two r-simplices [x, Vi, ... , vr] and \y ,V\, ... ,vr\ if and only if [x,y ,vy,
... ,vr] is an (r + l)-simplex of K. The lemma above tells us when this proce-
dure produces a triangulation. Call a copy of dAk in a triangulation essential
if it does not bound a fc-simplex.
Lemma 2. Contraction of the edge [x, y] in the triangulation K produces a
triangulation K' if and only if [x, y] lies in no essential dAk .
Proof. If [x, y] lies in the essential d Ak spanned by {x, y, V\, ... , vr}, then
the images of the r-simplices [x, Vi,..., vr] and [y, V\, ... , vr] in K' are
two different r-simplices with the same boundary. Therefore K' is not a trian-
gulation. Conversely if K' is not a triangulation, then there are two simplices of min-
imal dimension, say r, in K' with the same boundary. These must be the im-
ages of two simplices of the form [x ,V\, ... , vr] and [y ,V{,... , vr]. Since
r was minimal, K must have also contained every r-simplex spanned by a sub- set of {x, y, v\, ... , vr} . These r-simplices together form an essential dAr+x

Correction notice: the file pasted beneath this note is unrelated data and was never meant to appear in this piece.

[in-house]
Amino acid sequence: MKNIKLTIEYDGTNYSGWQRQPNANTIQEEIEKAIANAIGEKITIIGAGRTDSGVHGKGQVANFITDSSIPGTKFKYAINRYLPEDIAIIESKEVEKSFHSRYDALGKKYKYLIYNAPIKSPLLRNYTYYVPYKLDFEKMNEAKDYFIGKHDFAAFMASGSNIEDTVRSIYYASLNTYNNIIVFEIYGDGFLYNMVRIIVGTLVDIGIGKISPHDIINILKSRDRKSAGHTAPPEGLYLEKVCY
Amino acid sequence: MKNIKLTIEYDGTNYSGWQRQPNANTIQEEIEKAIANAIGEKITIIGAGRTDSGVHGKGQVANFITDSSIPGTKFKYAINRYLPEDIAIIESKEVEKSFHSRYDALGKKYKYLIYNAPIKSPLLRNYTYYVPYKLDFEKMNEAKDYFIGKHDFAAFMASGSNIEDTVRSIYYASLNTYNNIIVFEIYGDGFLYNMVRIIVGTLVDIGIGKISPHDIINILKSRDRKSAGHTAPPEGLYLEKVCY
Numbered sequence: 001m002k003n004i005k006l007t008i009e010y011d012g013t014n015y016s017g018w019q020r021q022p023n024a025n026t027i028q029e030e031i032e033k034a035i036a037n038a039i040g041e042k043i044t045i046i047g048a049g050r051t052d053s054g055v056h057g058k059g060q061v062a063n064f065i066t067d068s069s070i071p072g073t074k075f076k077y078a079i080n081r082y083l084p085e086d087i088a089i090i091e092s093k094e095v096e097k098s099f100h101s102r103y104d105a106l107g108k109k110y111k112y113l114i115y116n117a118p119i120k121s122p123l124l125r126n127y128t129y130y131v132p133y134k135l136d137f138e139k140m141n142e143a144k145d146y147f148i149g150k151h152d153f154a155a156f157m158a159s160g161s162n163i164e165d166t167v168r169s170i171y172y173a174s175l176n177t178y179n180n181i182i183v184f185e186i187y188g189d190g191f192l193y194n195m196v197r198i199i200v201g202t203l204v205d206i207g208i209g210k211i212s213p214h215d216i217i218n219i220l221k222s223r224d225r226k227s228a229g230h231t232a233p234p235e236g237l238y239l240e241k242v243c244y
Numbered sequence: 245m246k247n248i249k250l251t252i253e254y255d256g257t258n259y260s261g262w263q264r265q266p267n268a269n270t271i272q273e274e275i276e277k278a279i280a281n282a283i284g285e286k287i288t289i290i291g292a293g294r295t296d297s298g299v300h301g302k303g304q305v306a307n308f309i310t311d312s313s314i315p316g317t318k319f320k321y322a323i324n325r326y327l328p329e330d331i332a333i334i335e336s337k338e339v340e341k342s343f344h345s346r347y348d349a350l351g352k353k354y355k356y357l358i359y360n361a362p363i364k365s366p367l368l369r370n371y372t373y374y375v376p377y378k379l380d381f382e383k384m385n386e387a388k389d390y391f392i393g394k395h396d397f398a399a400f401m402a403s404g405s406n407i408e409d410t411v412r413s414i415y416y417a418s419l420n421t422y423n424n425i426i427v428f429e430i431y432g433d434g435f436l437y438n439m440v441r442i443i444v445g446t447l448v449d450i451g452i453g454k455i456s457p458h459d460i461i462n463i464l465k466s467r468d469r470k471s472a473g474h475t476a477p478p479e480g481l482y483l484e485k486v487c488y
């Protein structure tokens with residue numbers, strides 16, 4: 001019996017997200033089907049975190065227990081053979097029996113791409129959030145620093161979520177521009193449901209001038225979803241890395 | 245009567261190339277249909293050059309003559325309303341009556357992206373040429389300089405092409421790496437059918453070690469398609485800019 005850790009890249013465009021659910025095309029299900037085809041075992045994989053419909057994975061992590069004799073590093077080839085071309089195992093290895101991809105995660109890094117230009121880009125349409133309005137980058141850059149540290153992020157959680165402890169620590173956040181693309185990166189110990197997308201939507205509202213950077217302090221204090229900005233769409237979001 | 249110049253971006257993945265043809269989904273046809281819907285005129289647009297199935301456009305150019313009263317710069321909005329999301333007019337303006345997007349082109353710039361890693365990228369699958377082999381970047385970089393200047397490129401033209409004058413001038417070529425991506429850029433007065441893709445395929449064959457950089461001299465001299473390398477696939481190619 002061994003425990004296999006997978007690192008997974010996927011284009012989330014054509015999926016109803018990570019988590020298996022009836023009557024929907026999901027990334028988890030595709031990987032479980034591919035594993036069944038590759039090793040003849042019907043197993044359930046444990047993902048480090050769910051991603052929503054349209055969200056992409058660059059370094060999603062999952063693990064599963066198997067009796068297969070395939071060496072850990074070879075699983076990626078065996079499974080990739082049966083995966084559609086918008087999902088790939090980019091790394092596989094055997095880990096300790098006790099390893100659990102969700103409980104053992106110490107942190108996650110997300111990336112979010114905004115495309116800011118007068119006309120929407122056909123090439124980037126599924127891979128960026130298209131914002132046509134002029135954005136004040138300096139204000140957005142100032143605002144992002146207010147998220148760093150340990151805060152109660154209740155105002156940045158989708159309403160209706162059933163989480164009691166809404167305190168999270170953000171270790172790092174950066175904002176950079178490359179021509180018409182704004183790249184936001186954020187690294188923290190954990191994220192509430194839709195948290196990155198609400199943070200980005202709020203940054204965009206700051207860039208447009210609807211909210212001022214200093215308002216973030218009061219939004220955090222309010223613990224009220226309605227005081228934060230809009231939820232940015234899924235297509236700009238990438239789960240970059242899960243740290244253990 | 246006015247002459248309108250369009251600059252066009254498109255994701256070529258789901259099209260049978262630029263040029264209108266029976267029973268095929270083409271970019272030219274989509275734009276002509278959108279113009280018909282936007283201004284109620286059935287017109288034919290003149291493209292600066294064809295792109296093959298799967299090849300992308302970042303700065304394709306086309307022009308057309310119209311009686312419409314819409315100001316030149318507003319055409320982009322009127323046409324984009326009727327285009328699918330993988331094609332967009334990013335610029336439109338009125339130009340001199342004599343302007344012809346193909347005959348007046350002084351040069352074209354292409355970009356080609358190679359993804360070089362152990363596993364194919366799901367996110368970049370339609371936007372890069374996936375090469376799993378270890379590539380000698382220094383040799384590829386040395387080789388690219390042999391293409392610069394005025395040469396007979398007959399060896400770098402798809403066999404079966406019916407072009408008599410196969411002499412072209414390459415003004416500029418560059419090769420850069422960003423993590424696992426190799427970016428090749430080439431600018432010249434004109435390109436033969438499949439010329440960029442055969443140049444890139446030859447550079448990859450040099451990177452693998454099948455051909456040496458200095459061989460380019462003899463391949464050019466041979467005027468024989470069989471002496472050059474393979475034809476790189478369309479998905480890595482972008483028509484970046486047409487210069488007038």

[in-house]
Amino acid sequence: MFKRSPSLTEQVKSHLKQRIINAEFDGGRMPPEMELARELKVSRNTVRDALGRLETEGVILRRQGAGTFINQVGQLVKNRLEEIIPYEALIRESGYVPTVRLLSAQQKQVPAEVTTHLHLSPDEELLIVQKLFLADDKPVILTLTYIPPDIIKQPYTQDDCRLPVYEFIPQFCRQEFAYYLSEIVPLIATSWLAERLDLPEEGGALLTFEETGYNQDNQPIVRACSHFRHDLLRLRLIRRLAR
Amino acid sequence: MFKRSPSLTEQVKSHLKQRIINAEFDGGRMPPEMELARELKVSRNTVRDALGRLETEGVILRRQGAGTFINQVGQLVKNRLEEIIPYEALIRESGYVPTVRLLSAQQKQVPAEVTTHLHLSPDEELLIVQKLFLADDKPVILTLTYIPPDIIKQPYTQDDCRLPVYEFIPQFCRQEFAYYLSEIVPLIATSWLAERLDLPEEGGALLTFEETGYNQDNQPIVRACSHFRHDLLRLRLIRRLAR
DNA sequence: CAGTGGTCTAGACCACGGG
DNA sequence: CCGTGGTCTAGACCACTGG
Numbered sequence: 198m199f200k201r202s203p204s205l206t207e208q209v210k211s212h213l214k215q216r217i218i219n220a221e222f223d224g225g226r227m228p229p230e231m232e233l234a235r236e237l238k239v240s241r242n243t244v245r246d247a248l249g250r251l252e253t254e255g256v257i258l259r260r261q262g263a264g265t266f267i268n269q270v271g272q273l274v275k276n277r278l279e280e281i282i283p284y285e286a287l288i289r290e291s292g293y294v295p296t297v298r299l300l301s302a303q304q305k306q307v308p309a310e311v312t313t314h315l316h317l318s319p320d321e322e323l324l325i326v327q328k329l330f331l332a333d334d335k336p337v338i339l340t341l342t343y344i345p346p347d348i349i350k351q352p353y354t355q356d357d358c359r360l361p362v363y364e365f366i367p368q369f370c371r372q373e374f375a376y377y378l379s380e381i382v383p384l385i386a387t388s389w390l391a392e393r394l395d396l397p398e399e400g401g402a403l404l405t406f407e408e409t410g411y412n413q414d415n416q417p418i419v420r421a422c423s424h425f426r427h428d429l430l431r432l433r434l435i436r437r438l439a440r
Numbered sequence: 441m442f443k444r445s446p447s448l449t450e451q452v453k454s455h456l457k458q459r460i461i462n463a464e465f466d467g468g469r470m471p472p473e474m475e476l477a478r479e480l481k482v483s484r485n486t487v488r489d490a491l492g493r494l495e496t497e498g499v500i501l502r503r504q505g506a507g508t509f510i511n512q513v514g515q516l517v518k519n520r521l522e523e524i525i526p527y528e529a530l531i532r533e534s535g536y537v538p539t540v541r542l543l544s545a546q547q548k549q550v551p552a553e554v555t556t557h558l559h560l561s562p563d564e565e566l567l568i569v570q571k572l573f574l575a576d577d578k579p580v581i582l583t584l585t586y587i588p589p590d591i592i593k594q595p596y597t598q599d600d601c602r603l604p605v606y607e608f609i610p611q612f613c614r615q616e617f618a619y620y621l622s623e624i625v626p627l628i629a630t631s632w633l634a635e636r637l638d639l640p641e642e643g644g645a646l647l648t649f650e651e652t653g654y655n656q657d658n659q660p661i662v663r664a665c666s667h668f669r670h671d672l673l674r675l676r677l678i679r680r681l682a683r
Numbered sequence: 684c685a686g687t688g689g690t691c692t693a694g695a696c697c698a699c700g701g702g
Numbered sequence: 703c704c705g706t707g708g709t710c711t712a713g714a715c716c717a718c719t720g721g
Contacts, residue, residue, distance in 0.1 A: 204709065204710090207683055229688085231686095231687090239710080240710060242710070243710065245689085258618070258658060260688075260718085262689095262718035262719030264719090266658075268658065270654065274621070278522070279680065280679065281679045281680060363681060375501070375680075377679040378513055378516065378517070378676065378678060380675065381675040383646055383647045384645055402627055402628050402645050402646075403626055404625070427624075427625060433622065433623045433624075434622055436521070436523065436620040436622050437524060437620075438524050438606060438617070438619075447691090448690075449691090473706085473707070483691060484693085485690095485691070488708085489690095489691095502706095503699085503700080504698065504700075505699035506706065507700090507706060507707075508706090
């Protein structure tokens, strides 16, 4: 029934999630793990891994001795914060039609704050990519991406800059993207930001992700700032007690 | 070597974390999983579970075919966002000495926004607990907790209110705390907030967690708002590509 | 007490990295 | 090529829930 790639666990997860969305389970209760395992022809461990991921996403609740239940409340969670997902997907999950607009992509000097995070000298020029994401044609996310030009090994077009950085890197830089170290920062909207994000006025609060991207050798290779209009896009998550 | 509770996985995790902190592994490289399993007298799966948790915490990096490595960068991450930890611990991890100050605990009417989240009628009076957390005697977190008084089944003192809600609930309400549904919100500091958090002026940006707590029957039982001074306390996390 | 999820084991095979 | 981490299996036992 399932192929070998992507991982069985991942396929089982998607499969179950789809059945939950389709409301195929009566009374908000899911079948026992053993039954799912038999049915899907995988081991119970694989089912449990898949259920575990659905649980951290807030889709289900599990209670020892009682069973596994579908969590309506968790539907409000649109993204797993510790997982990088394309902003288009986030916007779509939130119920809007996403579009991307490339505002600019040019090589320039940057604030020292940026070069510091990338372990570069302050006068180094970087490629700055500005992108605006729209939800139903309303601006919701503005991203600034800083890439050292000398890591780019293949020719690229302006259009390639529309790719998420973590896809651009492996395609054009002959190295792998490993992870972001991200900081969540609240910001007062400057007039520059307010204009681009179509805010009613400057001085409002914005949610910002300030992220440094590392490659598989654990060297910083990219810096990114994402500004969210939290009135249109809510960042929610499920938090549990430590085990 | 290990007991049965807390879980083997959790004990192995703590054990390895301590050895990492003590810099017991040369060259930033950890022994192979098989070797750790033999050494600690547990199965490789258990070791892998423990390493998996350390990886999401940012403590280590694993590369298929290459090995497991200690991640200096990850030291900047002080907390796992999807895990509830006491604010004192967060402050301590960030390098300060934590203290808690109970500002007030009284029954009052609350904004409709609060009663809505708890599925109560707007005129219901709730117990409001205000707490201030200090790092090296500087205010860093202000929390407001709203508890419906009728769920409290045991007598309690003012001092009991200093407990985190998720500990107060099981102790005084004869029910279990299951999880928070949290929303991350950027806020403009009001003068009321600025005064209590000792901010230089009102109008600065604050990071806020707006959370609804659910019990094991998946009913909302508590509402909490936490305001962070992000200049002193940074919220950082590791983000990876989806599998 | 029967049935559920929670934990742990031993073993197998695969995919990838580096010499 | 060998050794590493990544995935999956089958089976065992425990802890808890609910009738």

containing [x, y].
Another operation will be "rotation" of an order 4 edge. Explicitly, suppose
[x, y] is an order 4 edge, say with link the quadrilateral AB CD. We may
remove the interior of the octahedron spanned by {x, y, A, B, C, D} and replace it with the same figure but rotated so that the edge joins the antipodal
vertices A and C. This always produces a cell decomposition as defined above.
Further since the only new simplex created whose boundary is in the boundary
of the octahedron is [A, C] it gives a triangulation unless [A, C] was already
in K. Our final two operations will be cutting K along a copy of S2 and gluing in
two 3-balls. Specifically, suppose I is either a copy of d A3 or of the suspension
of a triangle XdA2. Then we can cut K along Z. In the first case, we glue